OpinionVideo Games

Final Fantasy XVI’s Opening 15 Hours Are a Fascinating Evolution for the Series

Final Fantasy XVI’s excellent writing, emotional performances, and energetic combat make for a wonderful new take on the series.

15 hours into Final Fantasy XVI, I’m constantly amazed at just how much I care about the characters, their motivations, and the political maelstrom that presides over the entirety of Valisthea. Yes, it’s clear that Square Enix crafted a story that was inspired in equal parts by everything from Game of Thrones, Attack on Titan, and even Neon Genesis Evangelion, but the excellent writing, emotional performances, and beautifully staged cinematics have me engrossed in the narrative in a way I haven’t felt since the original PlayStation. And while there’s an overarching sense of “look, but don’t touch” to much of the world, the gorgeous presentation and energetic combat of FF16 has kept me awake and playing long into the night.

I recently raved about how good of a job the opening two-hour demo did at selling me on FF16′s story, visuals, and combat, and I’m happy to say that those feelings of excitement haven’t wavered in the dozen hours I’ve played past that point. Clive’s journey for revenge and redemption has already made him one of my absolute favorite Final Fantasy protagonists ever, and that’s in no small way thanks to the amazing performance from Ben Starr, as well as the entire ensemble cast. Particularly great is Ralph Ineson’s Cid, who’s rugged blend of Robin Hood and Han Solo steals every single scene that he’s in.

Like the aforementioned inspirations, heroes and villains alike are painted in complex shades of gray, and every twist and turn that’s dropped along the main story has me eager to press on and see what might happen next. And though the absolute barrage of proper nouns never lets up, FF16’s Active Time Lore system allows you to pause the action at any given time for a quick refresher on the important characters, places, and topics of any given scene. It might sound simple, but it’s genuinely one of my favorite new mechanics of 2023, and something that I hope a lot of developers take inspiration from.

Final Fantasy XVI’s excellent writing, emotional performances, and energetic combat make for a wonderful new take on the series.

You’ll encounter a lot of those proper nouns while traversing the world, which is done by selecting your destination on an evolving map. It’s not open world in the traditional sense, but areas are large and interconnected enough to really give off a sense of scale, with some particularly memorable vistas to gawk at along the way. Along with this, fast travel between areas really highlights the speed and power of the PS5. Going from one side of the world to another in just a handful of seconds makes FF16 “feel” new gen in a way recent cross-gen games haven’t.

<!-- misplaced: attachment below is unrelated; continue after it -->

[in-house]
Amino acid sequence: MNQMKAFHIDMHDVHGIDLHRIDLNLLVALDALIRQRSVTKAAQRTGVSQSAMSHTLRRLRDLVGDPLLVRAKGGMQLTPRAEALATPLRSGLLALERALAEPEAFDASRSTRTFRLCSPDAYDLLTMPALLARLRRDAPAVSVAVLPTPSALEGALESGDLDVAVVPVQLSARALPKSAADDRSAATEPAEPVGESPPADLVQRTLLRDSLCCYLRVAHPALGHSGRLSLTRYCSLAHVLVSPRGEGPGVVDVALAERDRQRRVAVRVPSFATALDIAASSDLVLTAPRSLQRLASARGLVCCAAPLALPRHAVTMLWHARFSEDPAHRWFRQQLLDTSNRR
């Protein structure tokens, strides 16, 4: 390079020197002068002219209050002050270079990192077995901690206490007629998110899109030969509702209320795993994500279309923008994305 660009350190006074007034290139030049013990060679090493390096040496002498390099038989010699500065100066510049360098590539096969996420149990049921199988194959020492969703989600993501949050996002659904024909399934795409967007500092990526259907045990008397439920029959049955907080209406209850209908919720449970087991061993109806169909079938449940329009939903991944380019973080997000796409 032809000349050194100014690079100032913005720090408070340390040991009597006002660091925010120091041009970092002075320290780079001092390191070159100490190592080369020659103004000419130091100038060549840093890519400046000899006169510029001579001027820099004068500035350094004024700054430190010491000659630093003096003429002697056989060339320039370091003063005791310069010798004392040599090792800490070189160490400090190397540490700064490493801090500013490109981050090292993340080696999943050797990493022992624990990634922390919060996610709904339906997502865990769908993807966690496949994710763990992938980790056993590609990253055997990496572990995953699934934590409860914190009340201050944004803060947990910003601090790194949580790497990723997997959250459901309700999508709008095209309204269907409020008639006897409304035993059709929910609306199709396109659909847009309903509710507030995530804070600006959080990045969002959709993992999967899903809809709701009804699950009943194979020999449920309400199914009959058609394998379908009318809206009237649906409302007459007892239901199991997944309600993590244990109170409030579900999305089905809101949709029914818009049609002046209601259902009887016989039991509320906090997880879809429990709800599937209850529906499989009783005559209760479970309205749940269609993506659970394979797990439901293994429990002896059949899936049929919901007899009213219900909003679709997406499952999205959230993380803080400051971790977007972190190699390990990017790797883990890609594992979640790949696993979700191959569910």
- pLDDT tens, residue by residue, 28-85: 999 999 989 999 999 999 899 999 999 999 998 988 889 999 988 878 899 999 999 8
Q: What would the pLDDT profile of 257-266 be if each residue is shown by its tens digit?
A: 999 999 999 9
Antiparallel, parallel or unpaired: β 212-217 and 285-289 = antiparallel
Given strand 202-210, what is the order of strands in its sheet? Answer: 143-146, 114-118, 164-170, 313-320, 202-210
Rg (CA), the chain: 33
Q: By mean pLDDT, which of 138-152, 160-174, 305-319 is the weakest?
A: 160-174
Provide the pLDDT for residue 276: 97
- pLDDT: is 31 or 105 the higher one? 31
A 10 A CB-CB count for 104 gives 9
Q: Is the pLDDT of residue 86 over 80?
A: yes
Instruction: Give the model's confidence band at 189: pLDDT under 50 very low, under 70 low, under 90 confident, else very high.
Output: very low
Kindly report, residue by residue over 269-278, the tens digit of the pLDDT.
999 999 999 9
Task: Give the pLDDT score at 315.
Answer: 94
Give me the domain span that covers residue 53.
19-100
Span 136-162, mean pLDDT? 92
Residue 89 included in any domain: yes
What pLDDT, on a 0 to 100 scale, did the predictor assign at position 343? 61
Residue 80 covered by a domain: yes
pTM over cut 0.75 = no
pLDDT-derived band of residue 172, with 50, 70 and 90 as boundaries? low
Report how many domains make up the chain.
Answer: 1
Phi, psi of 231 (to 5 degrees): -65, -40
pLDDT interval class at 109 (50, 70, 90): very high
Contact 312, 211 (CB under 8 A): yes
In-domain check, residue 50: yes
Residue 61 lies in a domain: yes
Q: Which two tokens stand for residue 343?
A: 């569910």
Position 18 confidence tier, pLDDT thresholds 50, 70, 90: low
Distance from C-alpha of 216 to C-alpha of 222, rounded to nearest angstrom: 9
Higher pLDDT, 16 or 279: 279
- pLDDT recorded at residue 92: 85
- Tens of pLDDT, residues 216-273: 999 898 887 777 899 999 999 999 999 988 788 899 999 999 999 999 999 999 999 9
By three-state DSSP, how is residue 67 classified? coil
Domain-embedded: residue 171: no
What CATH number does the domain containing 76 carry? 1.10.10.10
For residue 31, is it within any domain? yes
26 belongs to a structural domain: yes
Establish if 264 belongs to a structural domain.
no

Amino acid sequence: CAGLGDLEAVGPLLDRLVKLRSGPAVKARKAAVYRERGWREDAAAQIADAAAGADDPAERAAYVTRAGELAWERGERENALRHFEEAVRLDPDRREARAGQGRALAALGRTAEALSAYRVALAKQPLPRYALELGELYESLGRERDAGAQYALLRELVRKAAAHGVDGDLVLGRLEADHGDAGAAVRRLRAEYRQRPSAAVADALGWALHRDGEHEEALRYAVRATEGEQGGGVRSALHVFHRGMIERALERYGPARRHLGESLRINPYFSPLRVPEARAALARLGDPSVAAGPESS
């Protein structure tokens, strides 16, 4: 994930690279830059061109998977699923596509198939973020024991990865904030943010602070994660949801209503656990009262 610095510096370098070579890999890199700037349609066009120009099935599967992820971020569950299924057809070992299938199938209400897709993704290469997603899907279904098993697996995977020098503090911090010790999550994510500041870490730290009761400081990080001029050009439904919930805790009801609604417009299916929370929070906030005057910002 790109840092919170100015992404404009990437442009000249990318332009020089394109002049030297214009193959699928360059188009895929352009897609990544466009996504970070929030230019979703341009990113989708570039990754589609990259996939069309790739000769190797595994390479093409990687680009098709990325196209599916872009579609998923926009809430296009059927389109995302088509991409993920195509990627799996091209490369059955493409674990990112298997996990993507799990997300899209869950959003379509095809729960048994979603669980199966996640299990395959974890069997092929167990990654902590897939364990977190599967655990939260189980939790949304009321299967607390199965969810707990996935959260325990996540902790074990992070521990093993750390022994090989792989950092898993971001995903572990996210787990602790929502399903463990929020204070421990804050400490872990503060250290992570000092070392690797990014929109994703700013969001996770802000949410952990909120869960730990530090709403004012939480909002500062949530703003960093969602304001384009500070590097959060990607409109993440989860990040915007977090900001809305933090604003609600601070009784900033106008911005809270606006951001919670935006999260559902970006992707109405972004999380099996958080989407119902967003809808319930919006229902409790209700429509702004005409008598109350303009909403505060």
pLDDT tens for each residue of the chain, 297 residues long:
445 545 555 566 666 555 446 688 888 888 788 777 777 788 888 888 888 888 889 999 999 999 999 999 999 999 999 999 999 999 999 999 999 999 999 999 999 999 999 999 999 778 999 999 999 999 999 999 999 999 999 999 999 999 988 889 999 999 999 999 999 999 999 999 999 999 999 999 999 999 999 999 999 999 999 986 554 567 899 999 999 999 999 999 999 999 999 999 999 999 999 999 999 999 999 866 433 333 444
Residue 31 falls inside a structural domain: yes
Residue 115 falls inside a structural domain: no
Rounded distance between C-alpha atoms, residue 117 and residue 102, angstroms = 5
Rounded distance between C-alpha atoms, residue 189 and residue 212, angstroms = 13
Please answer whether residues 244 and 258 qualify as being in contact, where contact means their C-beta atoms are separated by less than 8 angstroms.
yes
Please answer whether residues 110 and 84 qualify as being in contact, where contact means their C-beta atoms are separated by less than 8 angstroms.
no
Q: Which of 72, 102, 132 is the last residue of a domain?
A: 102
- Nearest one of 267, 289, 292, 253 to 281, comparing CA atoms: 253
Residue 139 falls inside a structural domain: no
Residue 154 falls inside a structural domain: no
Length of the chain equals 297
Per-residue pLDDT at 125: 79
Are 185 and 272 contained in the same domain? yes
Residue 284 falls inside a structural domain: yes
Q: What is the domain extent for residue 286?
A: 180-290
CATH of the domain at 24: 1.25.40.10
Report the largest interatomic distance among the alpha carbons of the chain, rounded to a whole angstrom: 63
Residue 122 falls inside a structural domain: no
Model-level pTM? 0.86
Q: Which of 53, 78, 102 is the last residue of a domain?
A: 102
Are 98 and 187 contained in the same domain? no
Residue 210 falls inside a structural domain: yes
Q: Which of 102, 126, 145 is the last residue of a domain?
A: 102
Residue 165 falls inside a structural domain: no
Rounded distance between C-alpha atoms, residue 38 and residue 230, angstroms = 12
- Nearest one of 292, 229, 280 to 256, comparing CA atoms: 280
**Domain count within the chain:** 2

The expediency of fast travel is a blessing, since I found myself ping-ponging between my rebel group’s base of The Hideaway, and across the map completing all manner of side quests and big game hunts. While some of these optional missions felt bog standard, others really stood out as small stories that helped flesh out the rest of the world, like a village filled with people whose distaste for magic users like myself led to some shocking revelations. I also loved the sense of altruism at play here, with Clive genuinely wanting to help people out in order to slowly create a better world. The Hideaway constantly reminds us who and what we’re fighting for.

My own personal pace of side quests and main story missions helped create a nice ebb and flow to FF16 where I was never bored with whatever I was currently engaged in. That said, it’s a bit of a inconvenience that there’s no option to toss a minimap on your HUD, meaning that in certain side quests where I had to travel to a specific corner of a specific area, I had to repeatedly open up the main map to make sure I was heading in the right direction.